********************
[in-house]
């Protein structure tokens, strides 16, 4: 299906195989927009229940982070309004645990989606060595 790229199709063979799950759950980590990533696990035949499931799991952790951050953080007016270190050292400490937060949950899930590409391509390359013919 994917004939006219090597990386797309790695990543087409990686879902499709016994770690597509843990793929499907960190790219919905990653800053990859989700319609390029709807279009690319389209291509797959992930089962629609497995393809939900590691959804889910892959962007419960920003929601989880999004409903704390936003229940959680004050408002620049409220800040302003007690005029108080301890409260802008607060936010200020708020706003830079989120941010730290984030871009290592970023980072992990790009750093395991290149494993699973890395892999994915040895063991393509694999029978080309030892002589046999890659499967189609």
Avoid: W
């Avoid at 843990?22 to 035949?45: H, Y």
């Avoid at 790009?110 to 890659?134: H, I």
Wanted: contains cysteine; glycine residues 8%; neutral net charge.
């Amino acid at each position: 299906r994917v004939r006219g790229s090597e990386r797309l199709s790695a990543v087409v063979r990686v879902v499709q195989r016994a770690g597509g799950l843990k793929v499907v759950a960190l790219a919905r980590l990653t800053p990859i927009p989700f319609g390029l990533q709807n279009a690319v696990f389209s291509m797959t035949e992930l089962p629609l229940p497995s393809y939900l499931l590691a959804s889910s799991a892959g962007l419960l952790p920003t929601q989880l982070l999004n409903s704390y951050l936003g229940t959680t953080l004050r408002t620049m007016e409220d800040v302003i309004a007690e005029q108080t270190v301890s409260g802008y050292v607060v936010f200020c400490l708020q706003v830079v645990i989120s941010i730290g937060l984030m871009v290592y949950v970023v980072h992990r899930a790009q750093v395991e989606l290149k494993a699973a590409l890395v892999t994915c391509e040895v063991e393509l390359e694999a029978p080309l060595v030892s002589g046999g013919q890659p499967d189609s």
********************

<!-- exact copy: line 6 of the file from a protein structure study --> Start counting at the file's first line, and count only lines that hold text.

Wanted: contains cysteine; glycine residues 8%; neutral net charge.